Say your story was about a group of people climbing Mt. Everest who were trapped on the side of the mountain for five days by severe storms, and about all the trials they went through. If the book was mostly about what happened during those five days, and it ended when the rescue helicopters got the last of them down to base camp safely, then maybe an epilogue would be in order along the lines of what you see in the movies and TV: Steve quit his job as an accountant and enrolled in medical school; Monica returned to Everest for another try, this time making it to the summit; Matt and Gloria were married six months later; Kate scattered Ben's ashes along the Rhine...

But if you've written a seven-book series about a boy wizard and all the adventures he has, writing an epilogue at the end of the seventh book is anti-climactic at best. Even if you're the best-selling author of all time, it still doesn't make it right.  ;)

Offline elay2433

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Re: Prologues & epilogues
« Reply #3 on: June 17, 2009, 11:53:29 PM »
Looks like this is all well covered. I wanted to offer an example of an author using a prologue to great effect. This one hooked me good. Just about each chapter that followed did likewise.

http://books.google.com/books?id=o7fYPzejSowC&pg=PA1&lpg=PA1&dq=harlen+coben+the+woods+prologue&source=bl&ots=a0yVZEU3gU&sig=K8CZSD3bmx71bfdjTnSoL-0FBmw&hl=en&ei=ZsU5SsHPJYnssQPWnaD-Bg&sa=X&oi=book_result&ct=result&resnum=1#PPA1,M1

I don't recall certainly whether or not there was an epilogue.
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Offline delboy

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Re: Prologues & epilogues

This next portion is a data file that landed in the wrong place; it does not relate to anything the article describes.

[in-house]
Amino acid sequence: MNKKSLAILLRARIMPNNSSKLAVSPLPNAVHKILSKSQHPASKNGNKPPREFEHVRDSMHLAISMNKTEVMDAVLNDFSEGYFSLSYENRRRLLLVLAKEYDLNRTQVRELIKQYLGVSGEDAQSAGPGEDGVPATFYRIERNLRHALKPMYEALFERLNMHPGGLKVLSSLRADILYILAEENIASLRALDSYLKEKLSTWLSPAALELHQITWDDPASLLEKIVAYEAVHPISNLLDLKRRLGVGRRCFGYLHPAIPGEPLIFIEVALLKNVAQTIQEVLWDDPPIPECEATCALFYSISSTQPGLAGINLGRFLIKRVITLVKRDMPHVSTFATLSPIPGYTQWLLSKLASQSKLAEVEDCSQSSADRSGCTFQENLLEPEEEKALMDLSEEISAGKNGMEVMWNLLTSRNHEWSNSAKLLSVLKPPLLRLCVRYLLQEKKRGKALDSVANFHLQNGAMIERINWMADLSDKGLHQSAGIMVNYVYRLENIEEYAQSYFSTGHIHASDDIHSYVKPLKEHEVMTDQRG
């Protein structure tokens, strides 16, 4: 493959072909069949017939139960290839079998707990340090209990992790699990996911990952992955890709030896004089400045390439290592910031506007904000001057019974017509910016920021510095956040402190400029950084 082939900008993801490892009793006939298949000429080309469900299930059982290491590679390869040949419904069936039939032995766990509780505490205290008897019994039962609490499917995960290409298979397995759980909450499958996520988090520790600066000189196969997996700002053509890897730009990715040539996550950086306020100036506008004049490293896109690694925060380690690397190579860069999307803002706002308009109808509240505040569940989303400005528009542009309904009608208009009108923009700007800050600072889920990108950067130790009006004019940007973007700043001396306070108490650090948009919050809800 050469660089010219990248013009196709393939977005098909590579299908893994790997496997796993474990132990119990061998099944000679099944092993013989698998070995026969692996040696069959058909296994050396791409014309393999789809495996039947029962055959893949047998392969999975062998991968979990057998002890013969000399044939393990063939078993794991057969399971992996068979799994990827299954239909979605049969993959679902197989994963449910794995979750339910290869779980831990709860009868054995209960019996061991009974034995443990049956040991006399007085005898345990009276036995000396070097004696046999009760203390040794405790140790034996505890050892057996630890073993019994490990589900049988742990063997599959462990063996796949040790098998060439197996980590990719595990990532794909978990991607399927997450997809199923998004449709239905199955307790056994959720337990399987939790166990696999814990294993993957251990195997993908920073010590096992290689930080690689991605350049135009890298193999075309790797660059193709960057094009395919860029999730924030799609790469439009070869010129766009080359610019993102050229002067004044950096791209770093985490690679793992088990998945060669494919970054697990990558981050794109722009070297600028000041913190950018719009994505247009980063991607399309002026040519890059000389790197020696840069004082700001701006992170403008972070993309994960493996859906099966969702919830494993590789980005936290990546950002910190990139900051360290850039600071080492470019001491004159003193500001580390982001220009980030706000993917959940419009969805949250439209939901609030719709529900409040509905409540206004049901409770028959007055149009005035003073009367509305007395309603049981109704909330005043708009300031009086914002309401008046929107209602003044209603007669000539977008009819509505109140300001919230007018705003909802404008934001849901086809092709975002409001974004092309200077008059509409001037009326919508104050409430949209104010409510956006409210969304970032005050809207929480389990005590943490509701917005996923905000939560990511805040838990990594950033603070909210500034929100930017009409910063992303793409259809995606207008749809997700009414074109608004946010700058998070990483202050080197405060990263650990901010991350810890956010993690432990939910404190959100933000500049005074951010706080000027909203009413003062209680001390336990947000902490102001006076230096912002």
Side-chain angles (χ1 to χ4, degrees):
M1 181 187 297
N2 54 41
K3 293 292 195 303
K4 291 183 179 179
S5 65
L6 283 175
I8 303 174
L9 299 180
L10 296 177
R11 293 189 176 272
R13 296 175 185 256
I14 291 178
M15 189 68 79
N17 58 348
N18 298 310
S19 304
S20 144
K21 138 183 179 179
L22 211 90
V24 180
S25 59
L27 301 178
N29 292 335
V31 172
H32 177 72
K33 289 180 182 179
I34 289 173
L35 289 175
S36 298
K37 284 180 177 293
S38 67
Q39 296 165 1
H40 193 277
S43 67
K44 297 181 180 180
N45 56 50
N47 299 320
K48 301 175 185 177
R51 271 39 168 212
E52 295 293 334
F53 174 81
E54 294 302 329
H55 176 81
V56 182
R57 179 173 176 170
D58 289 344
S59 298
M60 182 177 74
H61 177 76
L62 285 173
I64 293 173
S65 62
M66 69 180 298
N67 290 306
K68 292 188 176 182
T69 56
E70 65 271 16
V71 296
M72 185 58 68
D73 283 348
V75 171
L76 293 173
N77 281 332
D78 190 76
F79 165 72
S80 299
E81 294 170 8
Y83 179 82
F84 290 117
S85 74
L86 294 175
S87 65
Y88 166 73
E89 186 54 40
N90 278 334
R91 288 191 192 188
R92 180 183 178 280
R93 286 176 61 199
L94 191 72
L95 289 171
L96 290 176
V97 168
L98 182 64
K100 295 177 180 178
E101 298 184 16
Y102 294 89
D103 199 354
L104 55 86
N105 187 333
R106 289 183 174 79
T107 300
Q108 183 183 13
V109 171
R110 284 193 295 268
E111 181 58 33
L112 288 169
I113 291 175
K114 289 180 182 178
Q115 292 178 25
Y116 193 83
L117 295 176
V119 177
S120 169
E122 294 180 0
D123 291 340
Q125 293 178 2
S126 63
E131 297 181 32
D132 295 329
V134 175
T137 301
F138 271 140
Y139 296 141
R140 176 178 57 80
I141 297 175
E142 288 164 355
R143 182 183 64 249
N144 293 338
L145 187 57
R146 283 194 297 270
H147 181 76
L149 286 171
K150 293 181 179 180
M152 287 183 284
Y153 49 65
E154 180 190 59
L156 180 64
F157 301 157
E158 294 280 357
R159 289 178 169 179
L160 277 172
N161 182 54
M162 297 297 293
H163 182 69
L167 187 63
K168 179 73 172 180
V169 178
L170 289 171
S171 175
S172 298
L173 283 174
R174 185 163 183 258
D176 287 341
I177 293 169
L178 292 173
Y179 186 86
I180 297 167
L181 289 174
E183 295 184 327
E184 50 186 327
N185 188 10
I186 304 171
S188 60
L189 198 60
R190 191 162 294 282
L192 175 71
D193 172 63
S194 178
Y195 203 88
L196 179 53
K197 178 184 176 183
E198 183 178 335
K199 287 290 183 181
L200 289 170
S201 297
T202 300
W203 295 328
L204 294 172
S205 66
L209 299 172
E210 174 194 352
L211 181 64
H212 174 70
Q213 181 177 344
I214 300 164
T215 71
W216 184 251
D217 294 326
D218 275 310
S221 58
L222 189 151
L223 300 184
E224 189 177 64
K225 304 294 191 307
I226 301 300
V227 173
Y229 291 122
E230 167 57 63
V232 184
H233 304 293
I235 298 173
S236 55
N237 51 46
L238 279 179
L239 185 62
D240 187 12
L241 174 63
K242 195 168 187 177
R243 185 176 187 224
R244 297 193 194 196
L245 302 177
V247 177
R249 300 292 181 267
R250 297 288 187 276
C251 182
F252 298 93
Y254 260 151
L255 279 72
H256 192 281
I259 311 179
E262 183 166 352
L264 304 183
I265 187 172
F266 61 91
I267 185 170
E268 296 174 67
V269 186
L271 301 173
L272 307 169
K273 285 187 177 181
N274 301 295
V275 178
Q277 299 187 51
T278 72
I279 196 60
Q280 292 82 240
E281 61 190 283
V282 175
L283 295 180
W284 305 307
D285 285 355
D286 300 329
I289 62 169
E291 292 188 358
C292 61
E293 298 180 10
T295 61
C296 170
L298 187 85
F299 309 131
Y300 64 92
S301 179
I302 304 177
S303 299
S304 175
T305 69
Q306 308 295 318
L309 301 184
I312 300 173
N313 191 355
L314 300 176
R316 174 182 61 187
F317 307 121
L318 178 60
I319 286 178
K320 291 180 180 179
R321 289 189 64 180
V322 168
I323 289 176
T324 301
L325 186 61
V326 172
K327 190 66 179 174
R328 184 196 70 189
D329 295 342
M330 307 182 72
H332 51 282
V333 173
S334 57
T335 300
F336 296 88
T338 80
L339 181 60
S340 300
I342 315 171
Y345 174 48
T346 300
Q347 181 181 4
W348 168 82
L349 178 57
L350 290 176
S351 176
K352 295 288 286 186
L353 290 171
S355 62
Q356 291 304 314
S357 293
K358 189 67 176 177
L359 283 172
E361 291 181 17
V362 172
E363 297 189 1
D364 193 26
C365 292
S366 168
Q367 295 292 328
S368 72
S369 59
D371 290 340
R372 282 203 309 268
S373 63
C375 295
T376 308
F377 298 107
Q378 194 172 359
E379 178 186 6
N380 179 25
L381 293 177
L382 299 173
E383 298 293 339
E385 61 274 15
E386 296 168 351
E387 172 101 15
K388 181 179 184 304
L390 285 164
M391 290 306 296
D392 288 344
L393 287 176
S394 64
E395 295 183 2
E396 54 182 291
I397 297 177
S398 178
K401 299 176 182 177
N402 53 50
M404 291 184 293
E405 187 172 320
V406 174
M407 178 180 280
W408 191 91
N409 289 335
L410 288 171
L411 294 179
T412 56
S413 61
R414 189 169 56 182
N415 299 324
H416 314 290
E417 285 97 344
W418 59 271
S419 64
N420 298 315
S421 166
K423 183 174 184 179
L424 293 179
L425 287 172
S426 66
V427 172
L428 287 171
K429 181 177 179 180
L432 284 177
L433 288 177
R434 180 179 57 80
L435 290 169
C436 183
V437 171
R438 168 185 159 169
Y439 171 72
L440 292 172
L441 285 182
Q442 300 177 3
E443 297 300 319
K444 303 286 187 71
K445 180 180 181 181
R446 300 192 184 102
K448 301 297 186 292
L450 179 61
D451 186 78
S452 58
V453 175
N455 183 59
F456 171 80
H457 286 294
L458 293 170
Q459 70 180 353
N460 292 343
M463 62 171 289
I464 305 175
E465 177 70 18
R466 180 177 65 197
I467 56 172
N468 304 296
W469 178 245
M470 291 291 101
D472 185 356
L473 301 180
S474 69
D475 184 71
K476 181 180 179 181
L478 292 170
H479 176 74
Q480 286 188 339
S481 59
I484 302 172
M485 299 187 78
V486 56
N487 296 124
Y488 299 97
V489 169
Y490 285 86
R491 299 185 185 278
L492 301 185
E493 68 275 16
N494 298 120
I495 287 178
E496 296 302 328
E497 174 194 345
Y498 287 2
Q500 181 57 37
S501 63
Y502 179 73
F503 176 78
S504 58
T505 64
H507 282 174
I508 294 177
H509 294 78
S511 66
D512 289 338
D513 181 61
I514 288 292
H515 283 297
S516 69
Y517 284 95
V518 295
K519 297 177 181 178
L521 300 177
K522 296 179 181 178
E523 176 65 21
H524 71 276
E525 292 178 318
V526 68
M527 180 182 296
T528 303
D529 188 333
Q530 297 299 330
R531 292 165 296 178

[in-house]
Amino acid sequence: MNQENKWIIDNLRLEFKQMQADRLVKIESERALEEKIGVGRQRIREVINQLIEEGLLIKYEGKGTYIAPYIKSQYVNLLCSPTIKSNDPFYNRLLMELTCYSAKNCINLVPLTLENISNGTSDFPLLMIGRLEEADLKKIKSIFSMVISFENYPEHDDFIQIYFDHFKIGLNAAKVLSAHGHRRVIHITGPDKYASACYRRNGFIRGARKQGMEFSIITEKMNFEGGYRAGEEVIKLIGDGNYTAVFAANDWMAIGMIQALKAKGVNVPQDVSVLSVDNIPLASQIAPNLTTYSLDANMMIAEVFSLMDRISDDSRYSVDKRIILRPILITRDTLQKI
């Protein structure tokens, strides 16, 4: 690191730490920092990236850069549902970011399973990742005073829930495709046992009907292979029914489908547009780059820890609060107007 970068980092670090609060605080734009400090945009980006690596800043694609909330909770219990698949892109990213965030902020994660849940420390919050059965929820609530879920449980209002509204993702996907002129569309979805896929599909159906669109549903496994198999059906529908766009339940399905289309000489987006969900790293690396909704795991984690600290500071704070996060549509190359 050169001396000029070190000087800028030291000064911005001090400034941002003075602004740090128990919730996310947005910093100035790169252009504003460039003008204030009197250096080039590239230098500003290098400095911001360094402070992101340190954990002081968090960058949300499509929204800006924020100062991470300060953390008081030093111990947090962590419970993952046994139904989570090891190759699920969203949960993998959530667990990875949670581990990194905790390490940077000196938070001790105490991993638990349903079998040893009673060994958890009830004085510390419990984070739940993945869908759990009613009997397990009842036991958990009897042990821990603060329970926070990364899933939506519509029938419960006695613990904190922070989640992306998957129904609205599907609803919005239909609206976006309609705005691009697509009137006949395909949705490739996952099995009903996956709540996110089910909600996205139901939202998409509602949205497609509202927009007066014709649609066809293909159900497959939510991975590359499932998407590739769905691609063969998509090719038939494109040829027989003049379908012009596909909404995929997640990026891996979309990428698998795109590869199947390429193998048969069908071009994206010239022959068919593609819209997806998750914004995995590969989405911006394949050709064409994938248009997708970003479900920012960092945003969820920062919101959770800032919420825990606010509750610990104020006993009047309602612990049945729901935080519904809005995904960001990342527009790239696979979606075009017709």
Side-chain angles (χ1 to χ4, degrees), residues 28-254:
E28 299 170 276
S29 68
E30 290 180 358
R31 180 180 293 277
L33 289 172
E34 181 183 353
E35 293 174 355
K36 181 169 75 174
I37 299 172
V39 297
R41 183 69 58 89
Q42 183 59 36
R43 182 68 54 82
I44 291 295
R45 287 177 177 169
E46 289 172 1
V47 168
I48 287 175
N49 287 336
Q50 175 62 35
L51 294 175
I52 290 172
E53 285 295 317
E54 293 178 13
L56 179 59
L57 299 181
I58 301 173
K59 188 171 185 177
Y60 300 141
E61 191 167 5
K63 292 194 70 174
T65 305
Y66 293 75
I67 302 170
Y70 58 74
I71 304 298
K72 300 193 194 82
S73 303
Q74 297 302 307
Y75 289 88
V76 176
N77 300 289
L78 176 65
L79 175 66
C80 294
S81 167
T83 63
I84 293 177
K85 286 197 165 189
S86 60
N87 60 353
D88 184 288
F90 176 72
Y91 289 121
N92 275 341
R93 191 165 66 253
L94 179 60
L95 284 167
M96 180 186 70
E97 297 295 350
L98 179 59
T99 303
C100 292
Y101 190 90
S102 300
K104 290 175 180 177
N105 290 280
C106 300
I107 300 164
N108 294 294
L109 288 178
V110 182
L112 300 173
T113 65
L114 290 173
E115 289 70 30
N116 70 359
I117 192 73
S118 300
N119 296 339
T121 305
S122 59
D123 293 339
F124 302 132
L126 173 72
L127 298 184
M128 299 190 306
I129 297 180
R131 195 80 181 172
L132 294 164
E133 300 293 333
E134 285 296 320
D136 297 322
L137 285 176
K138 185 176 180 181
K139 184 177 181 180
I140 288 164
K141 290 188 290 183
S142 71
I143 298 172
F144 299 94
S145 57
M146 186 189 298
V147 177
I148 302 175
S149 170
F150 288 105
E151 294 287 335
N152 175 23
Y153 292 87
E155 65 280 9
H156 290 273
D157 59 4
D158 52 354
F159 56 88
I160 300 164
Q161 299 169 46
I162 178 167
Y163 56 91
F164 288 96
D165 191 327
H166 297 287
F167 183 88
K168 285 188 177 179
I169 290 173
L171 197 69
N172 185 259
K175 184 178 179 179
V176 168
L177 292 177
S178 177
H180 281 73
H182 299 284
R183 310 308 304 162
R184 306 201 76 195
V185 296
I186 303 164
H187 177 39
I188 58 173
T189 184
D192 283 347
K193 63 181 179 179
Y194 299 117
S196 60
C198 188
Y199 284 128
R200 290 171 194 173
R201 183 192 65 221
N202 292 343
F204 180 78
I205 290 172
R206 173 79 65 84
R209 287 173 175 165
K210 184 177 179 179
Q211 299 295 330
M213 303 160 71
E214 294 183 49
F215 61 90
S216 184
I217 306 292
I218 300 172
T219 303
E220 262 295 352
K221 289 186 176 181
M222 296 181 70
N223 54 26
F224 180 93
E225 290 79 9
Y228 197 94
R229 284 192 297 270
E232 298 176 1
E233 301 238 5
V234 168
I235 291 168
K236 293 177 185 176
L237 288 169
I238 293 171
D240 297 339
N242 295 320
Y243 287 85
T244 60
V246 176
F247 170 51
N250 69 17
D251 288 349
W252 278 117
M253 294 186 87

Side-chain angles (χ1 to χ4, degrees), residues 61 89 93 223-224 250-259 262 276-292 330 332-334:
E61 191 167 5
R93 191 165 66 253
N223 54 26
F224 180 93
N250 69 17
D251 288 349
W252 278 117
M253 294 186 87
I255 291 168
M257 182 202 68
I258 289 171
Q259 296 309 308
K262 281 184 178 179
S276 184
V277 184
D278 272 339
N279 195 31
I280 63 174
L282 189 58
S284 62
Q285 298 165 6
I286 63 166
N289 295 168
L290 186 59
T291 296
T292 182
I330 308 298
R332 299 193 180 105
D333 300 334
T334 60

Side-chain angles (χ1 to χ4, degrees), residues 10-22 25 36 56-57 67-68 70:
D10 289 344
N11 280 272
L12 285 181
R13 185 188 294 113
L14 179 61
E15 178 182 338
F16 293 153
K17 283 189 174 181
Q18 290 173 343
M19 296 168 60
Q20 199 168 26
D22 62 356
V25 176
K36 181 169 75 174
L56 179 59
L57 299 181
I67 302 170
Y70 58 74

« Reply #4 on: June 18, 2009, 02:08:49 AM »
I'm more in favour of epi's than pro's. Though I think it's rare that either are needed.

For epi's I agree with Pharosian, it's a nice way to tie up loose ends about a disparate group of characters after the main story has been finished. There have been some great examples of this, but I don't have time to search them out now.

Prologues... in the main... are a massive turn off for me. there was a time when every horror book I picked up seemed to start with a prologue that involved a character getting killed by some weird creature/psychopath/mysterious thing in some strange coastal/rural town. Usually it was a she and usually she was out jogging by a lake or on a beach, and it served to hook the reader that there was something terrible in this location. Now for Jaws, this worked great (although I think it was simply chapter one), but after a while I simply stopped any horror books that started with such a prologue. Get me in to the story, proper, I say. None o fthis messing around with history - a good writer will bring all that in subtly and cleverly throughout the tale.

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Offline Grillmeat

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Re: Prologues & epilogues
« Reply #5 on: June 19, 2009, 06:00:26 PM »
I am in the camp of epi's rather than pro's. Not really against either one but I find more use for the latter than the former.
An example that comes to mind are the books by David Gemmel. He always had an epilogue that kind of wrapped up what happened to the surviving characters.
I always liked that.
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Offline Woody

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Re: Prologues & epilogues
« Reply #6 on: June 19, 2009, 06:53:40 PM »
Thanks for everyone's comments. The reason I asked was because of something I wrote - off the cuff, so to speak; that lended itself to an exposition of a being within the story I'm currently working on.

The story doesn't yet need this prologue, but the text happened anyway.

Also, for this piece, I do not know whether it will be required.

I like the idea of using it, especially as it's not within the parameters that commentators have alluded to. It doesn’t fill out any history; it doesn’t fill out any characterization. It is just a piece that details a moment in a life of a character in the story I am writing.

I’ve attached it to this post, so if any readers feel the need to comment please do. All comments are gratefully received.